Driven by data; ridden with liberty.
The book leads with a powerful quote from Christopher Hitchens:
There is an all-out confrontation between the ironic and the literal mind: between every kind of commissar and inquisitor and bureaucrat and those who know that, whatever the role of social and political forces, idea and books have to be formulated and written by individuals.
Nick Cohen, columnist for The Observer, examines the strong limitations on freedom of speech in nominally free societies. You Can’t Read This Book: Censorship in an Age of Freedom “covers the power of the wealthy to silence critics, the conflict between religion and freedom of thought, and the determination of dictators to persecute dissenters” (pg. 2).
Whilst we may drift in technological euphoria and global mass communication, Cohen demands we view past events with considerable care. The incredible tale of super-injunctions, which “censored the fact of censorship” (pg. 3), demonstrates the power of our courts to silence journalists. The novelist Salman Rushdie writes a fictional story concerning a struggle with religious identity; the charge of ‘blasphemy’ in other nations means no American or European publisher will print his works, fearing violent reprisal. For nothing more than producing a film, Theo van Gogh is stabbed and shot in broad daylight; the feminist Ayaan Hirsi Ali, van Gogh’s colleague on that film, is pursued by murderers, but is labelled “an Enlightenment fundamentalist” by fellow intellectuals. Libel law has flash-frozen journalistic and scientific investigations into Russian oligarchs and British chiropractors.
If offense is the new threshold for censorship, then offense will be manufactured. Cohen notes that both The Satanic Verses, which mocked religions as a fairy-tale, and The Jewels of Medina, which was reverential towards Muhammad, have both been called ‘offensive’ (pg. 76). The responses to books, films and cartoons are only united in their disproportionality. The fear of murder, by knife, gun and fire, against a person and their family, curdles and curtails speech and publication: no one knows where the line of acceptability will be drawn.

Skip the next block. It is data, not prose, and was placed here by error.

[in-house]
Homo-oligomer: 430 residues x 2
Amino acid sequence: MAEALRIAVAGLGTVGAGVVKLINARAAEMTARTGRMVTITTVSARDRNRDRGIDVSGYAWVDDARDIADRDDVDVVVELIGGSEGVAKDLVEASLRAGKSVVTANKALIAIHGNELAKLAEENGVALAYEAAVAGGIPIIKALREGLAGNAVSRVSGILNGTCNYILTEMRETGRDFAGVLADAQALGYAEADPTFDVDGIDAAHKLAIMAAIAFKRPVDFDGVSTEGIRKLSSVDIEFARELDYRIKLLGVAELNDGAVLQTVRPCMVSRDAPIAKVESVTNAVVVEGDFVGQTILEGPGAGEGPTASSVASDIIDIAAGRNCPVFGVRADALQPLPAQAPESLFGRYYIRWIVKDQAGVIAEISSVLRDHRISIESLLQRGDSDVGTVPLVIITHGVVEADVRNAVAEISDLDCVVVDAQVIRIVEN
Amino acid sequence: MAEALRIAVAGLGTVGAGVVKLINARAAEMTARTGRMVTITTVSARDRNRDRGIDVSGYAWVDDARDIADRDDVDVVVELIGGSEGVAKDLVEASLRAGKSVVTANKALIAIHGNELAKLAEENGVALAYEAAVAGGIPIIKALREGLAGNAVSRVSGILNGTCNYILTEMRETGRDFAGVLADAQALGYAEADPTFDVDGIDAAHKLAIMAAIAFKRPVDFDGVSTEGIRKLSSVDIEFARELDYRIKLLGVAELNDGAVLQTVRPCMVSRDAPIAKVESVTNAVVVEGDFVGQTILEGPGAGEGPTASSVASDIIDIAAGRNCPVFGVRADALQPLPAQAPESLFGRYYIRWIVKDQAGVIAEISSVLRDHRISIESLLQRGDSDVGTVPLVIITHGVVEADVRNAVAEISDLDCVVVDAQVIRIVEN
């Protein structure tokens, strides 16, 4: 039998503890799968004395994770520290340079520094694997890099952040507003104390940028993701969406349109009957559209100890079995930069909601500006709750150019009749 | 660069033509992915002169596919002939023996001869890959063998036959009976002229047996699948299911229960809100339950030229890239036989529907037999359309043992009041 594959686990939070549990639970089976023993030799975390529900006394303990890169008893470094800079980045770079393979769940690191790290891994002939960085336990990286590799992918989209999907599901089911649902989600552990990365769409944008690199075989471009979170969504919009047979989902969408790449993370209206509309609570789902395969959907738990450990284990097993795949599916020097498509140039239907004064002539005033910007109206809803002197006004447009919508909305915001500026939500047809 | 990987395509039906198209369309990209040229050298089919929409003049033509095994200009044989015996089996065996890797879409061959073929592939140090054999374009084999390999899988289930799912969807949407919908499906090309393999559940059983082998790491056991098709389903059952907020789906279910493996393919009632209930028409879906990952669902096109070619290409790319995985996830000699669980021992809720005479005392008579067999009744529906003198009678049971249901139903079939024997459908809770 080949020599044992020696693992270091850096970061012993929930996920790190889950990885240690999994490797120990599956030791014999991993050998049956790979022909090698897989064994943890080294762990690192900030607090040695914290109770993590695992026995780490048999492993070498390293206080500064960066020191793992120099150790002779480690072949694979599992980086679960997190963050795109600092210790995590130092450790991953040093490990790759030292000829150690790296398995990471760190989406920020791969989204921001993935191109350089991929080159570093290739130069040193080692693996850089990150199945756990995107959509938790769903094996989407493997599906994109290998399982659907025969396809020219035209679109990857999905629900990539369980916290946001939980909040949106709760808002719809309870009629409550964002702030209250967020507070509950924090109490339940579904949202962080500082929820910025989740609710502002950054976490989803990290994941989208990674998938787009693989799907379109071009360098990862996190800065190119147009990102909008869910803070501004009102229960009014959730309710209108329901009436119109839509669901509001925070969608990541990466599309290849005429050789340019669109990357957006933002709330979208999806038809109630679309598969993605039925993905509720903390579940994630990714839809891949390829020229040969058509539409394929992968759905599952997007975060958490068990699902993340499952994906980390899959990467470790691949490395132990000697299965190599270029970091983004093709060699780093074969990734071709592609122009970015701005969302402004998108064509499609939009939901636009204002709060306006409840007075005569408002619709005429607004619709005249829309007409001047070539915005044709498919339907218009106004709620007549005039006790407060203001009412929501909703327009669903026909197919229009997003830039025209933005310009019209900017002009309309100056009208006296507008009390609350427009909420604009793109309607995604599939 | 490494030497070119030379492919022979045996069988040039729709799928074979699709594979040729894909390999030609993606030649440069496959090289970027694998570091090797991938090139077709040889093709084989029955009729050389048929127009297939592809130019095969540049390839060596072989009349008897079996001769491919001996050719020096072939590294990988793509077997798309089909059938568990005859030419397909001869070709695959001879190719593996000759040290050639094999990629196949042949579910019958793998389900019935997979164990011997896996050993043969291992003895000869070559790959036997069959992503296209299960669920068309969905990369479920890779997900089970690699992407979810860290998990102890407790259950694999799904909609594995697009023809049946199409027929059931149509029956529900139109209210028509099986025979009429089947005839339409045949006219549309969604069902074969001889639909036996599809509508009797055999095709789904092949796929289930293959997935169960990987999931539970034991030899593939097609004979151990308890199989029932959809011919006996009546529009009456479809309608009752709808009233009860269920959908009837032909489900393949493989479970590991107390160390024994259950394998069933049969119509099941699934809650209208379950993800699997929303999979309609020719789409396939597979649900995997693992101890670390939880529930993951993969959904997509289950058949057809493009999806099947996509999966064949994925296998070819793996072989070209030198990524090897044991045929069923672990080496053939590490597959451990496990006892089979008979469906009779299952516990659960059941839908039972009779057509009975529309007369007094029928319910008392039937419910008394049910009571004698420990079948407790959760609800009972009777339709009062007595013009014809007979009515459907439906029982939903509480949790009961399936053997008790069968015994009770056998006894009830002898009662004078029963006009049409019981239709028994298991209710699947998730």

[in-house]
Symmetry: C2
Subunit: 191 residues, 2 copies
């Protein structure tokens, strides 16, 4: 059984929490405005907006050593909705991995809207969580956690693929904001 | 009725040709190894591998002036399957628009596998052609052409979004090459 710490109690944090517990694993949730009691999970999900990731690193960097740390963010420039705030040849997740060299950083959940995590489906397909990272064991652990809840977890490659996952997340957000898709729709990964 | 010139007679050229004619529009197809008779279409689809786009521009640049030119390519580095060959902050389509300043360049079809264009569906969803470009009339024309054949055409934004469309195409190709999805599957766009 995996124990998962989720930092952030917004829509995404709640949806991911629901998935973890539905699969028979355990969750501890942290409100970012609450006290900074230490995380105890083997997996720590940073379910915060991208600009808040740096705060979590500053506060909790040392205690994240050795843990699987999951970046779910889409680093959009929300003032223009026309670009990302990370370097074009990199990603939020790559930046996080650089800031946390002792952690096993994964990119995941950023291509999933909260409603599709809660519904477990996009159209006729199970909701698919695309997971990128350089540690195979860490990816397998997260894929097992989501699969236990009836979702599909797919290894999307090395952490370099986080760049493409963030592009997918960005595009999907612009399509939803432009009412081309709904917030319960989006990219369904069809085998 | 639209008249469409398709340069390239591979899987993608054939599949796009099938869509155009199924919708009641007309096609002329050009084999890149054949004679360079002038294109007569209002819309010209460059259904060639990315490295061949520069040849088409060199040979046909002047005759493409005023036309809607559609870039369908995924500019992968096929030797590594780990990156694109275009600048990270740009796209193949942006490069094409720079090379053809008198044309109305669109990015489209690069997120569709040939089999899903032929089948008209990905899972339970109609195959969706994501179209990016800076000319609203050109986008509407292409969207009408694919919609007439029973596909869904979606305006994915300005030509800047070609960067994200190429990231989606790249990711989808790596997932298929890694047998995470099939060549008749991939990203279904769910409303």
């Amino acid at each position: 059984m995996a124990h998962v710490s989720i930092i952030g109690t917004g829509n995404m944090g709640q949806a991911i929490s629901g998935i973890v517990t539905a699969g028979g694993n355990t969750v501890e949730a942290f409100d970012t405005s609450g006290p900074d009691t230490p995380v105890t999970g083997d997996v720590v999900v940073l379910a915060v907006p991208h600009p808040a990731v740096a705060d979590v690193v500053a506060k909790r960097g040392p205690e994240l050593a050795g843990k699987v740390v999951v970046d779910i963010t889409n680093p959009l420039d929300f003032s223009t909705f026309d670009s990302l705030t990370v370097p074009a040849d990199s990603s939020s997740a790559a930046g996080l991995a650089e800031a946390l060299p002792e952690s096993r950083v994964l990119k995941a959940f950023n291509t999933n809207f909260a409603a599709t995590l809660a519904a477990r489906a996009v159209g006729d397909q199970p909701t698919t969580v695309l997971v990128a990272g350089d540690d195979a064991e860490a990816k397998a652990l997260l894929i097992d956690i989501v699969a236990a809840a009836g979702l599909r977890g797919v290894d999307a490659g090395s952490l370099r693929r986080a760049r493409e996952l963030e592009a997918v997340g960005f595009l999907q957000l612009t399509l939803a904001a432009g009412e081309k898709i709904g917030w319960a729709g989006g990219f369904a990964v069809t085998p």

People may look to Twitter and the internet to secure freedom, Cohen sees that the internet can oppress too, as “elites fight to hold on to power” (pg. 284). Despite the depressing nature of the material, Cohen’s wit shines through (pg. 208):
The judge went on to tell the jury that ‘We are not a court of morals. We are not here to judge Mr Polanski’s personal lifestyle’ – even though others might have though the ‘lifestyle’ of a convicted sex offender had some bearing of the case.
Recalling passages from John Milton and John Stuart Mill, Cohen makes the potent case for freedom of speech, and its long and tumultuous struggle. We call ourselves free, and are undoubtedly freer that at any point in history, but there are still powerful forces of censorship. In his advice for free-thinking citizens, Cohen says: “If you have the chance to enact one law, make it the First Amendment”, rightly describing the First Amendment as the “best guarantor of freedom yet written” (pg. 301).